Web-based database-driven application inherently requires non-trivial infrastructure for the average geek, including database, web server, machine with internet connection as well as domain name registration. The average geek i referred to is typically a IT
technician/programmer who has access to an existing installation of the web-application. IMO, these infrastructure requirements makes web-based database driven application less vulnerable to software piracy because it requires non-trivial resources to set
up and run.
In addition to copying a bunch of files, the average geek also requires access to database structures supporting the application. Assuming that the average geek is able to meet the aforementioned infrastructure requirement as well as having the access right
to access the application database, this means they will be able to copy and redistribute the application at his/her will. To address this particular scenario,
i was wondering if SQL Server or any other RDBMS is capable of precompiling stored procedures into binary format and allowing only installation of these binary,
thus disallowing the average geek in reconstructing the required stored procedures.
Just my thoughts. tell me what you think.
Stored procedures can't be precompiled into a binary, nor are they compiled into a binary when they are run. The RDBMS creates an execution plan based on the SQL code and a number of database variables including, but not limited to: the size of the tables
being queried, what indexes are on those tables, the current index statistics, what type of indexes (clustered/non-clustered), the number of joins in the query, the type of joins (inner, outer, etc), the join technique (nested loop, merge, hash), the order
of the joins, the estimated size of the data that will be returned, the number of cpus on the server, and probably the position of moon as well as the entrails of several small birds. You get the picture.
By using a stored procedure instead of directly sending SQL to the database, you can cache the execution plan instead of creating it on the fly every time you run the query. You should refresh the execution plans from time to time since things like table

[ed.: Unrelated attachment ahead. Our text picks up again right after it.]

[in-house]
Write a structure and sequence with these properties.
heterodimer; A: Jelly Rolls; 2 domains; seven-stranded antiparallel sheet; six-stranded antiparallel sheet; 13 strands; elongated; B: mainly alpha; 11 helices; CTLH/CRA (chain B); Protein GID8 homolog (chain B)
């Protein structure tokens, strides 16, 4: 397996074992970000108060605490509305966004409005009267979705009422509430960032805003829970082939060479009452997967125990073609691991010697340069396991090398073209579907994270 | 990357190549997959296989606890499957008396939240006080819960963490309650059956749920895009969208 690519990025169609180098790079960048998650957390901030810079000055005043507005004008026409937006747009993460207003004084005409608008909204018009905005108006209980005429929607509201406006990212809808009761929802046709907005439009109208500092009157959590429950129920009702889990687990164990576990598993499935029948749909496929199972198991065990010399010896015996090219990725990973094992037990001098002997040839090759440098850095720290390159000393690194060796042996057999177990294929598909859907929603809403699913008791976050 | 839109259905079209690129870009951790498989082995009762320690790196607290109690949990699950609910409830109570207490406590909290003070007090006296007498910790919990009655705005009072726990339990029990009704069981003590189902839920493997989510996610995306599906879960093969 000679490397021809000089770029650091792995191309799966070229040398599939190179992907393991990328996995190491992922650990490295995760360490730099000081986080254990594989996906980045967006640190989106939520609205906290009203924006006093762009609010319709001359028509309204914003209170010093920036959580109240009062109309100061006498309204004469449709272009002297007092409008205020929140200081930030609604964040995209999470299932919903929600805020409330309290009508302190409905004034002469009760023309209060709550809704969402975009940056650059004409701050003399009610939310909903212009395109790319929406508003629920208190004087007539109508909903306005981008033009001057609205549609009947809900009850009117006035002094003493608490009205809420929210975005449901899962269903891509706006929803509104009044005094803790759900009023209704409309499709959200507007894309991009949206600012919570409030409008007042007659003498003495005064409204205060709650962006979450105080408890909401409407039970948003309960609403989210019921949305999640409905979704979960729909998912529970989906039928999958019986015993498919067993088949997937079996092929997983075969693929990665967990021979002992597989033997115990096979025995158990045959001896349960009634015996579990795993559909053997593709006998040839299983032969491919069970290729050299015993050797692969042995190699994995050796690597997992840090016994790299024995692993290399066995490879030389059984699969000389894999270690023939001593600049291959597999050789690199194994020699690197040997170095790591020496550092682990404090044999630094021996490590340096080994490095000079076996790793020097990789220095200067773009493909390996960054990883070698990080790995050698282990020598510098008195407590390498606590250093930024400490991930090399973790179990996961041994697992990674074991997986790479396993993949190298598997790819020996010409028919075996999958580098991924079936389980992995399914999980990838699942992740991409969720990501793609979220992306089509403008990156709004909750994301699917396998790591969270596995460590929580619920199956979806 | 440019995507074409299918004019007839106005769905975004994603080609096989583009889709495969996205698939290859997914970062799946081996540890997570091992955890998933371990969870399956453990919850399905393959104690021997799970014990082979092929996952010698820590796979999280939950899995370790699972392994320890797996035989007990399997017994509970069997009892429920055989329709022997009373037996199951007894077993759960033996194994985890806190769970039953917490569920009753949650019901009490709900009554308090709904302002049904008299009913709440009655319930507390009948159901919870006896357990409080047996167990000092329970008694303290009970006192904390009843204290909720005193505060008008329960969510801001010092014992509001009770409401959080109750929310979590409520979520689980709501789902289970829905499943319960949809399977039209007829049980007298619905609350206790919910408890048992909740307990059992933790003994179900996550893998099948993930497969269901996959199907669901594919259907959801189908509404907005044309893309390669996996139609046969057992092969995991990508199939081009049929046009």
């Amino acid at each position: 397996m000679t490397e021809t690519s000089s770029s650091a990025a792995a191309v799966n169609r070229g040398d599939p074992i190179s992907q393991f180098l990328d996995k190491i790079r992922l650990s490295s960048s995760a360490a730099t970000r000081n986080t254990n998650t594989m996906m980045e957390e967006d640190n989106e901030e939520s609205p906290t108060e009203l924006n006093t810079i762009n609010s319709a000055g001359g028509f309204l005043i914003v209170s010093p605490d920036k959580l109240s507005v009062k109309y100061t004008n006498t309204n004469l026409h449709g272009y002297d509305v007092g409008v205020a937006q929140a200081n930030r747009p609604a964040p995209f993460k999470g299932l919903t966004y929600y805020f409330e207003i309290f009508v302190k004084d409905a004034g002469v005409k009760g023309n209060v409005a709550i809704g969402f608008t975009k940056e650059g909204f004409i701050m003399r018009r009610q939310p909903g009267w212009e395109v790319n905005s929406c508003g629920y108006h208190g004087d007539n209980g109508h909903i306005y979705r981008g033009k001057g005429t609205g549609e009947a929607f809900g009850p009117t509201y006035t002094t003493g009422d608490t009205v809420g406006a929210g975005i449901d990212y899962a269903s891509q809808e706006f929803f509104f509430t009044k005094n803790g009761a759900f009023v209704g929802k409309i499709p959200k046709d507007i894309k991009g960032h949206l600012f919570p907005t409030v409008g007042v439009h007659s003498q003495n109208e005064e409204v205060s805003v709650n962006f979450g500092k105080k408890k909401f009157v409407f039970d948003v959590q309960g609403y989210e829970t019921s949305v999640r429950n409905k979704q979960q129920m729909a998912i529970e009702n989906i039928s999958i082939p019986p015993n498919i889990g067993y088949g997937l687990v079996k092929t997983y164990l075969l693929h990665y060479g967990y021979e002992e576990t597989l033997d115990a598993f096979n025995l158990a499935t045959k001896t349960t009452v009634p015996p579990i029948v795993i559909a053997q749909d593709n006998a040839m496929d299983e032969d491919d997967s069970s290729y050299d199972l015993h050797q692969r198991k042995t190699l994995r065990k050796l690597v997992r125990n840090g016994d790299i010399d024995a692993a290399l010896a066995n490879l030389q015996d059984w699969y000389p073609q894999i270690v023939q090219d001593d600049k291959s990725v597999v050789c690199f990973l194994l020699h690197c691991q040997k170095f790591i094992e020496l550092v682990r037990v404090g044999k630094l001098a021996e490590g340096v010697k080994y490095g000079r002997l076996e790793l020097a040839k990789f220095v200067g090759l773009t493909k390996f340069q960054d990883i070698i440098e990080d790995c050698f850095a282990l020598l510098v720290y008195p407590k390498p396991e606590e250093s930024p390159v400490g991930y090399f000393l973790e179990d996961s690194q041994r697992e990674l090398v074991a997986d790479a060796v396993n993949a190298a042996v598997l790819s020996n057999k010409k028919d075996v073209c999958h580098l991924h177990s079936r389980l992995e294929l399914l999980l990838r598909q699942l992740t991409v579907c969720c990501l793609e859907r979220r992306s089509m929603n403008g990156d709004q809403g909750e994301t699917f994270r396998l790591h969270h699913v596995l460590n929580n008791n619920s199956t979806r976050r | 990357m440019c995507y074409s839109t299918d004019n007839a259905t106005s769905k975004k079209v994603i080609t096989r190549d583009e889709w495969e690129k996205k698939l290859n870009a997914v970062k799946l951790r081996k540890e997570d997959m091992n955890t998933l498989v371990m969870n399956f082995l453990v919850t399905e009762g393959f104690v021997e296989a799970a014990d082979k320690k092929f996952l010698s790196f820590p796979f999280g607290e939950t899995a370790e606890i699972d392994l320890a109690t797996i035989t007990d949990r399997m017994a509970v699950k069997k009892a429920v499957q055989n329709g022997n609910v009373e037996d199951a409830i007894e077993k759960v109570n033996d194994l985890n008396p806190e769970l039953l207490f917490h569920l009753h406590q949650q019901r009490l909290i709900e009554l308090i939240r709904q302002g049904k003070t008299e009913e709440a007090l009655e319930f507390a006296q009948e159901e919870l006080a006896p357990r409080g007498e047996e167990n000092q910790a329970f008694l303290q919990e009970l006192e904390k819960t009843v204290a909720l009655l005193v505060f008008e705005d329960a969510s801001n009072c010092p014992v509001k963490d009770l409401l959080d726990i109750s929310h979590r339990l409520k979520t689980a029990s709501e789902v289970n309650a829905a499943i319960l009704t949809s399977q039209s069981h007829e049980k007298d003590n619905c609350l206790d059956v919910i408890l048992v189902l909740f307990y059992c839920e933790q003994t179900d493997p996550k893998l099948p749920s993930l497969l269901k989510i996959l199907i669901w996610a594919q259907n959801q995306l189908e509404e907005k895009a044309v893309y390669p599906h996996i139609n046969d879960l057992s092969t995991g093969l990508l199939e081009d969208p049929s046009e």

size are always changing. How often you need to depends on how much the database is used. To do that you can run sp_recompile on the sp or add WITH RECOMPILE to the sp to keep it from caching the execution plan so it has to be recreated every time it's run.
So you might be wondering why they call it recompile. Maybe they figured most people using a database are familiar with programming so it would make more sense to them. Or maybe they figured sp_DropTheCurrentExecutionPlanInTheCacheAndCreateANewOne was too
much to type. It is more than just semantics though. There are also internal events in SQL Server that can trigger the recreation of the execution plan, and the original SQL code is needed to do that.
If I understand correctly, you want to avoid people walking off with your Stored Procedure code. If that's the case, then you can use the WITH ENCRYPTION option to create your stored procedure.
CREATE PROCEDURE dbo.TestEncryption
-- DO SOMETHING
If the user/developer tries to view the contents (sp_helptext, etc.) they will get the message:
The object comments have been encrypted.
If you store your SQL script as a binary file (or simply encrypt it) you could then avoid prying eyes (unless someone is smart enough to Profile your install).
"Encrypted" stored procedures aren't really. There are several utilities and stored procedures you (and your pirate) can download to decrypt them.
From previous experience: if one tries hard to fight off piracy using encryption, keys and the like, all one gets is a product that is sometimes less efficient, usually harder to maintain, and almost certainly cracked. So... my advice is to take piracy as a
recognition of a good product, and move on.
True, but I think his audience is a basic developer or user. It doesn't take a genius to run Profiler and see the SQL Script install either. You'd see all the raw code as the procedures were created.
I think most decent developer's would eventually figure out what changes in the database when a proc fires off anyhow. I definitely agree with the maintenance issue though.
If it's a packaged application that shouldn't be a problem. In fact, it would probably deter some developer's from messing with the procedure. Which would be a good thing.
Encryption is like a car alarm or a bike chain; a good deterent, but not going to stop the determined. Somehow I don't think that will ever change...
I agree to some extent, if your stuff is pirated then you probably have a good product. Gotta take the good with the bad. I just want the bad to have to work a little for it...
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